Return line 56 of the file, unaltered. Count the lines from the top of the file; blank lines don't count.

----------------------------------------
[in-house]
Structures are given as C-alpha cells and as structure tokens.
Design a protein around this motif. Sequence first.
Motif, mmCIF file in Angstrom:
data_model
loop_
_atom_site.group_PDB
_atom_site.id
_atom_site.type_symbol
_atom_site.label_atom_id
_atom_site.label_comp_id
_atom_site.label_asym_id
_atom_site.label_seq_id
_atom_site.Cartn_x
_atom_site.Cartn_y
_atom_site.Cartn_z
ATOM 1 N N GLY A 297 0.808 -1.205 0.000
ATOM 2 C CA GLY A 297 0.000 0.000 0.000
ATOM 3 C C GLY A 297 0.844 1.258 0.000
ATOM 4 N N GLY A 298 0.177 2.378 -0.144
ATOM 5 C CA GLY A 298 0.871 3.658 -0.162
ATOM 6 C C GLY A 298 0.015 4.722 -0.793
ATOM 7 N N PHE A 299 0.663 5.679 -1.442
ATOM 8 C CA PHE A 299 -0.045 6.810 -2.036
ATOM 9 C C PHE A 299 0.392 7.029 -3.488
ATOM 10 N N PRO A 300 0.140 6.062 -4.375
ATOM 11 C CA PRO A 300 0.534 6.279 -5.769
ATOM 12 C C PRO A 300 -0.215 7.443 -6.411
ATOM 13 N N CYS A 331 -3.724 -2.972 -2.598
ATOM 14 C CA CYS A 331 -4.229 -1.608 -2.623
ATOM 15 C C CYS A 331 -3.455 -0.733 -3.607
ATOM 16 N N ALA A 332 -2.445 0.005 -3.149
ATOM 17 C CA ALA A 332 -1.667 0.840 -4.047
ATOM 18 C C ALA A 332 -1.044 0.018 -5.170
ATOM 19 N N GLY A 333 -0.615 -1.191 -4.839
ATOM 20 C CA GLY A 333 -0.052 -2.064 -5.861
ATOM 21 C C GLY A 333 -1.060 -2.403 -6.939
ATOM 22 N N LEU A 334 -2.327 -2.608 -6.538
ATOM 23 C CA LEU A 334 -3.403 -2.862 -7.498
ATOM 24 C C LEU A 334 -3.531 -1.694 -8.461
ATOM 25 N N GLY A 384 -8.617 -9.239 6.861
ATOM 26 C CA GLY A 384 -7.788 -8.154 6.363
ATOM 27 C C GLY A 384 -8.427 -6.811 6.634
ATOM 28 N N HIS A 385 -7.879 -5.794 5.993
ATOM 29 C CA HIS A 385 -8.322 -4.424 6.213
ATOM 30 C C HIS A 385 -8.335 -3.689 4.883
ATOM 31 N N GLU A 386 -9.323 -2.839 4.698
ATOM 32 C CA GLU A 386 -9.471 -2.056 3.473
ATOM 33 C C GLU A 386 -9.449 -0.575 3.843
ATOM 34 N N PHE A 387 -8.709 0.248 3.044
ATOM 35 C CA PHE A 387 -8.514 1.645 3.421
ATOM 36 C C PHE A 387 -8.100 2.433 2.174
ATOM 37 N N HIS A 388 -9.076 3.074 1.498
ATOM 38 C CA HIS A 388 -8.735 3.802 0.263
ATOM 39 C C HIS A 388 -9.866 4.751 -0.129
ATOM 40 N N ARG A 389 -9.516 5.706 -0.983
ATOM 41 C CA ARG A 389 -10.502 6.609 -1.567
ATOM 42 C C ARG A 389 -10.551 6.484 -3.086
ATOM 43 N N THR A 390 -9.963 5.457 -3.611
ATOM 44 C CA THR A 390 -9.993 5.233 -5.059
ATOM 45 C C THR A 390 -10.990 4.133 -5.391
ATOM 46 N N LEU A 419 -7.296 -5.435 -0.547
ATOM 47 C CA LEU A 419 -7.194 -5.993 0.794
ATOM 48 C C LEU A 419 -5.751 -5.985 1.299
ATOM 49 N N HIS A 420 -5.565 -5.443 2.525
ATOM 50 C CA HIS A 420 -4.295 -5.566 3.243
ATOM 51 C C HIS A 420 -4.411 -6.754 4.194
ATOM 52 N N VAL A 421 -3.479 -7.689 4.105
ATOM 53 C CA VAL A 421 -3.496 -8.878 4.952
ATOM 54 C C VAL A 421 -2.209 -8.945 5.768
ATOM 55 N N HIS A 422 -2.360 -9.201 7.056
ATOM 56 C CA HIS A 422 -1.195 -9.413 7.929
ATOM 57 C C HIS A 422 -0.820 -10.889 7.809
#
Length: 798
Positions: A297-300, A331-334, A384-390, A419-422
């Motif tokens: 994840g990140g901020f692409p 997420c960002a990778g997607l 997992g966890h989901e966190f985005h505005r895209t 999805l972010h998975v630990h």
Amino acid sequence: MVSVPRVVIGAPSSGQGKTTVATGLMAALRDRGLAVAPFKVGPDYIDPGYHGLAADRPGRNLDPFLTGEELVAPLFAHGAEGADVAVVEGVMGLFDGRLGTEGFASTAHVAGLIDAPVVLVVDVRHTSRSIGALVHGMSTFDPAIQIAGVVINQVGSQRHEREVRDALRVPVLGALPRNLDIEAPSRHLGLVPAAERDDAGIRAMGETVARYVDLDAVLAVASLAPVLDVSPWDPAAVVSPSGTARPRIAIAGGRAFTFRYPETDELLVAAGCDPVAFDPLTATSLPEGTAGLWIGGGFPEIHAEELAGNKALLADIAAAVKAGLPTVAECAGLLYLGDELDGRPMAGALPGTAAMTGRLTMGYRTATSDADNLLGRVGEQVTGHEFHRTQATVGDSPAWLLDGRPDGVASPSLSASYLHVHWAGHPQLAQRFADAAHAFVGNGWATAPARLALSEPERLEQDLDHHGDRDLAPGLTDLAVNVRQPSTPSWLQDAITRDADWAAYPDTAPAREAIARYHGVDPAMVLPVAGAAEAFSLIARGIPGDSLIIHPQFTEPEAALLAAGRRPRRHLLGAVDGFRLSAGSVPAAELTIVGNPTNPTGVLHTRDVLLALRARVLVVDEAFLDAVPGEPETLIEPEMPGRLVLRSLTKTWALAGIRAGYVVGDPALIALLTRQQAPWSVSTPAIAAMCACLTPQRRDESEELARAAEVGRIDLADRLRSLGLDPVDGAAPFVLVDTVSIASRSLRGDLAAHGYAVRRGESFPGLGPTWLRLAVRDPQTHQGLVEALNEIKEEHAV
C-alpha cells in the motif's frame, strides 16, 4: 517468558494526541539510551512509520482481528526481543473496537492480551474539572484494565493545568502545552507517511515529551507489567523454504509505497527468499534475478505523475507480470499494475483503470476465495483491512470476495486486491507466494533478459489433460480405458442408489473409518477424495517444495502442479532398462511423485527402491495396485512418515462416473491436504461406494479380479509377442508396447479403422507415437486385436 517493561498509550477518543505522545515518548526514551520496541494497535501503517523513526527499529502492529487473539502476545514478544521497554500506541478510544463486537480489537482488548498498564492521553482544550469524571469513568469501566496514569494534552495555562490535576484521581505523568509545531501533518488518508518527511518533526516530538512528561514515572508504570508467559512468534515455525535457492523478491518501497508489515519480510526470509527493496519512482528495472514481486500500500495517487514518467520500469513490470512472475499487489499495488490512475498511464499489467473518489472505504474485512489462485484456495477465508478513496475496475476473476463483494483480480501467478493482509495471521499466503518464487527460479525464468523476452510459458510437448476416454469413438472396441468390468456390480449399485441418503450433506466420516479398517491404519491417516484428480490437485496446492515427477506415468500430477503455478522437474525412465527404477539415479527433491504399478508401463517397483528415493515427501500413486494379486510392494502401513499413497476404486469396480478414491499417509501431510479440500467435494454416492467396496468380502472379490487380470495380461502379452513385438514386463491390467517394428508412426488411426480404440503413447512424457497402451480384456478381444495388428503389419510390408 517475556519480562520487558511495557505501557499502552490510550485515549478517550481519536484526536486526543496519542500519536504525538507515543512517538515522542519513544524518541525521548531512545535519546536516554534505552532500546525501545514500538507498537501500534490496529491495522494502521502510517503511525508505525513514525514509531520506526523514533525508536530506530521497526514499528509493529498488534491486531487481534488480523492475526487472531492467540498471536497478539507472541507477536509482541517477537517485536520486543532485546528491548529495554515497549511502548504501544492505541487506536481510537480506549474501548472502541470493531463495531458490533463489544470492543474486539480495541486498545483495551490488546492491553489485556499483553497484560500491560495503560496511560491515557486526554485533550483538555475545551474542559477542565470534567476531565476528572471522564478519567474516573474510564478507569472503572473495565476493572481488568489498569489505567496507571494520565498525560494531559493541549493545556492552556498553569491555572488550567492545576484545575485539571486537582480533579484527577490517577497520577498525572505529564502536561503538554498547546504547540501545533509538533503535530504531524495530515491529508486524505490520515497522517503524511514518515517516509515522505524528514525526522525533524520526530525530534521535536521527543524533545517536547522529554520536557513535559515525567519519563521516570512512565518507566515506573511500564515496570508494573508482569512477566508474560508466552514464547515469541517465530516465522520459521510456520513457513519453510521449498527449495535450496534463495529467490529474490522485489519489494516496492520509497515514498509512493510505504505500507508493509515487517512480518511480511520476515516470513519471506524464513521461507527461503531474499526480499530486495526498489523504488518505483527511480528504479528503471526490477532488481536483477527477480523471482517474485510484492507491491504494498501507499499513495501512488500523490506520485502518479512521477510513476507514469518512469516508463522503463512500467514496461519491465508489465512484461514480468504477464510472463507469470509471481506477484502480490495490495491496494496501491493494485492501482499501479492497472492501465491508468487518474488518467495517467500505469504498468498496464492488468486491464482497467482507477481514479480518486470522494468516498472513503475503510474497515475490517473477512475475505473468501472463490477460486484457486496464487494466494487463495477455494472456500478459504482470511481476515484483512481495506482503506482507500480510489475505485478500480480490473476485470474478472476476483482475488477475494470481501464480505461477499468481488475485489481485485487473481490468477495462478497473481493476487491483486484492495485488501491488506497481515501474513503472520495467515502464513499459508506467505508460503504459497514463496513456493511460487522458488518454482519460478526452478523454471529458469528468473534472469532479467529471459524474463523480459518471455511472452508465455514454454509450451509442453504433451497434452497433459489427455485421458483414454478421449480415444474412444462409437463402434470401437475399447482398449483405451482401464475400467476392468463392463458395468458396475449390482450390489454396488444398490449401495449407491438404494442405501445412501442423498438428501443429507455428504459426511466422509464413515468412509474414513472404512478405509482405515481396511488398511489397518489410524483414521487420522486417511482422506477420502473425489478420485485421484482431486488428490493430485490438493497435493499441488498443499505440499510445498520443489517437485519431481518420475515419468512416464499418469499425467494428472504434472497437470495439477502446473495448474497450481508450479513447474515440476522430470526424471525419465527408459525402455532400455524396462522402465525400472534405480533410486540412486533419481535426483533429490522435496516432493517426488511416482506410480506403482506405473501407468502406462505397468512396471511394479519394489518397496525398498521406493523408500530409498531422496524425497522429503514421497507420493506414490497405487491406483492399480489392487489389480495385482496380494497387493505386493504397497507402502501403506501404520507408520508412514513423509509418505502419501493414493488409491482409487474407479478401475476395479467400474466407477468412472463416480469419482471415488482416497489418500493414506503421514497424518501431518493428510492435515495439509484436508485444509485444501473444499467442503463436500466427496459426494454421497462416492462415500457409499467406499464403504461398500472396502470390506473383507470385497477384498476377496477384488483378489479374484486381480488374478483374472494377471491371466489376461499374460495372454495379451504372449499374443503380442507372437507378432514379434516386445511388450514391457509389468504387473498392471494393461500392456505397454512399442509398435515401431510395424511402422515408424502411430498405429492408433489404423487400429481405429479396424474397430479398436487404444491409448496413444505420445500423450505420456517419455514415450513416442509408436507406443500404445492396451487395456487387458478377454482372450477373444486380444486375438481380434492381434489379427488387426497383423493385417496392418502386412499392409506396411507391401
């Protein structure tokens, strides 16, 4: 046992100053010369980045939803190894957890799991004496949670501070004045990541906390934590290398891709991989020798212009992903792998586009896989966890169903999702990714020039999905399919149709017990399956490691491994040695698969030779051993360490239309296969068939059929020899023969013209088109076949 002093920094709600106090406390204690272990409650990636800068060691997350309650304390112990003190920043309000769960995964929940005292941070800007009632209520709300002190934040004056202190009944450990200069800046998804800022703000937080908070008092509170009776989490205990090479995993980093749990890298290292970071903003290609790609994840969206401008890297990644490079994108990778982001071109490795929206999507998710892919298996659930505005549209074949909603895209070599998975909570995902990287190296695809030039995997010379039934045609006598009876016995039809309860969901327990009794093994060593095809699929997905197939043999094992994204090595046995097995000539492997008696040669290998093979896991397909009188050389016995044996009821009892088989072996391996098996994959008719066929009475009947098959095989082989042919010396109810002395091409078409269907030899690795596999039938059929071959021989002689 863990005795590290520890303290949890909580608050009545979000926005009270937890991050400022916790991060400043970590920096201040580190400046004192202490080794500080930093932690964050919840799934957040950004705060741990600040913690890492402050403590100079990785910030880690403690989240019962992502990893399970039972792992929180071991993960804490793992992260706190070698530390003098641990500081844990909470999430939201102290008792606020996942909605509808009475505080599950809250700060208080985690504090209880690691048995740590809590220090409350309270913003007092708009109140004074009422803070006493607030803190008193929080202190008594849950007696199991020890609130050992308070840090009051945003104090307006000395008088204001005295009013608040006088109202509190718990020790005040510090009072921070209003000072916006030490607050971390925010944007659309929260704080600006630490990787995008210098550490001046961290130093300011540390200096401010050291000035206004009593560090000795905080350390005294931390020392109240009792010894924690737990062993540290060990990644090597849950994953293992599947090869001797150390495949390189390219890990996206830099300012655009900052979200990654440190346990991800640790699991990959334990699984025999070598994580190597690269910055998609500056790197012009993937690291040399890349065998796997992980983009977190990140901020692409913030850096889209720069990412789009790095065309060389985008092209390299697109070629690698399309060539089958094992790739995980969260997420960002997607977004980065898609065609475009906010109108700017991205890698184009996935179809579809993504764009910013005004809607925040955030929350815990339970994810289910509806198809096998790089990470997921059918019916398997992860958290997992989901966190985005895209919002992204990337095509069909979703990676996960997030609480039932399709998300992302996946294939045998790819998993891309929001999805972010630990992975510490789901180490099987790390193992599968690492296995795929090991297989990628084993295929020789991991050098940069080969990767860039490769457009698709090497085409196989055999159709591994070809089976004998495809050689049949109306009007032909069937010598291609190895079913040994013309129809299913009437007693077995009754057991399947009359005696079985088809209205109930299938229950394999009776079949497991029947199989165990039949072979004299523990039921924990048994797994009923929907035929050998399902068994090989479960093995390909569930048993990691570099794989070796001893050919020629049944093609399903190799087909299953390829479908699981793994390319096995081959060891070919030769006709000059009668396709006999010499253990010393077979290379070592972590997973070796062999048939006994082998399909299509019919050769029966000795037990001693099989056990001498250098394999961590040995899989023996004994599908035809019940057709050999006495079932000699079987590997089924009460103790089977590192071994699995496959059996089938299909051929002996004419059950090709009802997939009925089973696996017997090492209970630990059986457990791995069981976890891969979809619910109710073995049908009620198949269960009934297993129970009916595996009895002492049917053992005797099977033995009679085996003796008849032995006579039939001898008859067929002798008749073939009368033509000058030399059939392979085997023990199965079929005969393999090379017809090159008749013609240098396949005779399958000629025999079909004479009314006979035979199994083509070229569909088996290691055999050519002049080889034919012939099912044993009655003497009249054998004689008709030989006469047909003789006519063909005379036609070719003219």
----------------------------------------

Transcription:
ATOM 40 N N ARG A 389 -9.516 5.706 -0.983